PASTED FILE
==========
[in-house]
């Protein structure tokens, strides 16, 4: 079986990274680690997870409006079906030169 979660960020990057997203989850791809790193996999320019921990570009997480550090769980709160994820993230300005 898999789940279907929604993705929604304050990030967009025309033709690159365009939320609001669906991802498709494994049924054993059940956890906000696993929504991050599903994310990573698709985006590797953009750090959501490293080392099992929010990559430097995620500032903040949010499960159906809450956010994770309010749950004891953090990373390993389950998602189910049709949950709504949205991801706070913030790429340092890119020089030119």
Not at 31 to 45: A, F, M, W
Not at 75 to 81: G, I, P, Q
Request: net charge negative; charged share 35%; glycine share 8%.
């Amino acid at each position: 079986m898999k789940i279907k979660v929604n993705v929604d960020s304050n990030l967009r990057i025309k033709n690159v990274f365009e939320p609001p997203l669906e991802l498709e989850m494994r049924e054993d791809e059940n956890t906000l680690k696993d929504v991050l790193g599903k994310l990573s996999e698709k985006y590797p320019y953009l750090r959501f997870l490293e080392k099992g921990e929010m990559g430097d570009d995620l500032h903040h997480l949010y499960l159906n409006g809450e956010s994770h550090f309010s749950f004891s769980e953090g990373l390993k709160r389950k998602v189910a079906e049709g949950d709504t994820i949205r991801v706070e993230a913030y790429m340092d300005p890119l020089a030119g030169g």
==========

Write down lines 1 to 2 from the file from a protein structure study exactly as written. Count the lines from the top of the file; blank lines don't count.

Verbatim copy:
[in-house]
């Protein structure tokens, strides 16, 4: 079986990274680690997870409006079906030169 979660960020990057997203989850791809790193996999320019921990570009997480550090769980709160994820993230300005 898999789940279907929604993705929604304050990030967009025309033709690159365009939320609001669906991802498709494994049924054993059940956890906000696993929504991050599903994310990573698709985006590797953009750090959501490293080392099992929010990559430097995620500032903040949010499960159906809450956010994770309010749950004891953090990373390993389950998602189910049709949950709504949205991801706070913030790429340092890119020089030119």